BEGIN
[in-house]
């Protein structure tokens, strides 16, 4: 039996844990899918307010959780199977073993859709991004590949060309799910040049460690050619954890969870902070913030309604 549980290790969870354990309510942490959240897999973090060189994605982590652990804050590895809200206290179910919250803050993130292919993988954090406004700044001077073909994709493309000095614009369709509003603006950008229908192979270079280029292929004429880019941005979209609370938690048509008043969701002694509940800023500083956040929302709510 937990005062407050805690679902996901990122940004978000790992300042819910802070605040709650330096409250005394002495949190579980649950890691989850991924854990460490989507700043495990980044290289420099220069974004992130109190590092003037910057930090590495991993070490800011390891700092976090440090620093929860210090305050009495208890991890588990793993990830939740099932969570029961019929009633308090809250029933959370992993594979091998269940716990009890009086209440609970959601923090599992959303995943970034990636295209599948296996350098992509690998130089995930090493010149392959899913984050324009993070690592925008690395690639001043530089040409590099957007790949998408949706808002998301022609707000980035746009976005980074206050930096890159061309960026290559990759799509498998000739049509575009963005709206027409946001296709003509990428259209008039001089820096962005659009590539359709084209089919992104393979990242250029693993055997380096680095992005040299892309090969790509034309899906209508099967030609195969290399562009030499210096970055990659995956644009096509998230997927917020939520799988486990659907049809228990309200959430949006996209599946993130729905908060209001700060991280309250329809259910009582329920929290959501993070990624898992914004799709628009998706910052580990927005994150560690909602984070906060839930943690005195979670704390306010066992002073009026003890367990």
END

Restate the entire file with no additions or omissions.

[in-house]
């Protein structure tokens, strides 16, 4: 039996844990899918307010959780199977073993859709991004590949060309799910040049460690050619954890969870902070913030309604 549980290790969870354990309510942490959240897999973090060189994605982590652990804050590895809200206290179910919250803050993130292919993988954090406004700044001077073909994709493309000095614009369709509003603006950008229908192979270079280029292929004429880019941005979209609370938690048509008043969701002694509940800023500083956040929302709510 937990005062407050805690679902996901990122940004978000790992300042819910802070605040709650330096409250005394002495949190579980649950890691989850991924854990460490989507700043495990980044290289420099220069974004992130109190590092003037910057930090590495991993070490800011390891700092976090440090620093929860210090305050009495208890991890588990793993990830939740099932969570029961019929009633308090809250029933959370992993594979091998269940716990009890009086209440609970959601923090599992959303995943970034990636295209599948296996350098992509690998130089995930090493010149392959899913984050324009993070690592925008690395690639001043530089040409590099957007790949998408949706808002998301022609707000980035746009976005980074206050930096890159061309960026290559990759799509498998000739049509575009963005709206027409946001296709003509990428259209008039001089820096962005659009590539359709084209089919992104393979990242250029693993055997380096680095992005040299892309090969790509034309899906209508099967030609195969290399562009030499210096970055990659995956644009096509998230997927917020939520799988486990659907049809228990309200959430949006996209599946993130729905908060209001700060991280309250329809259910009582329920929290959501993070990624898992914004799709628009998706910052580990927005994150560690909602984070906060839930943690005195979670704390306010066992002073009026003890367990």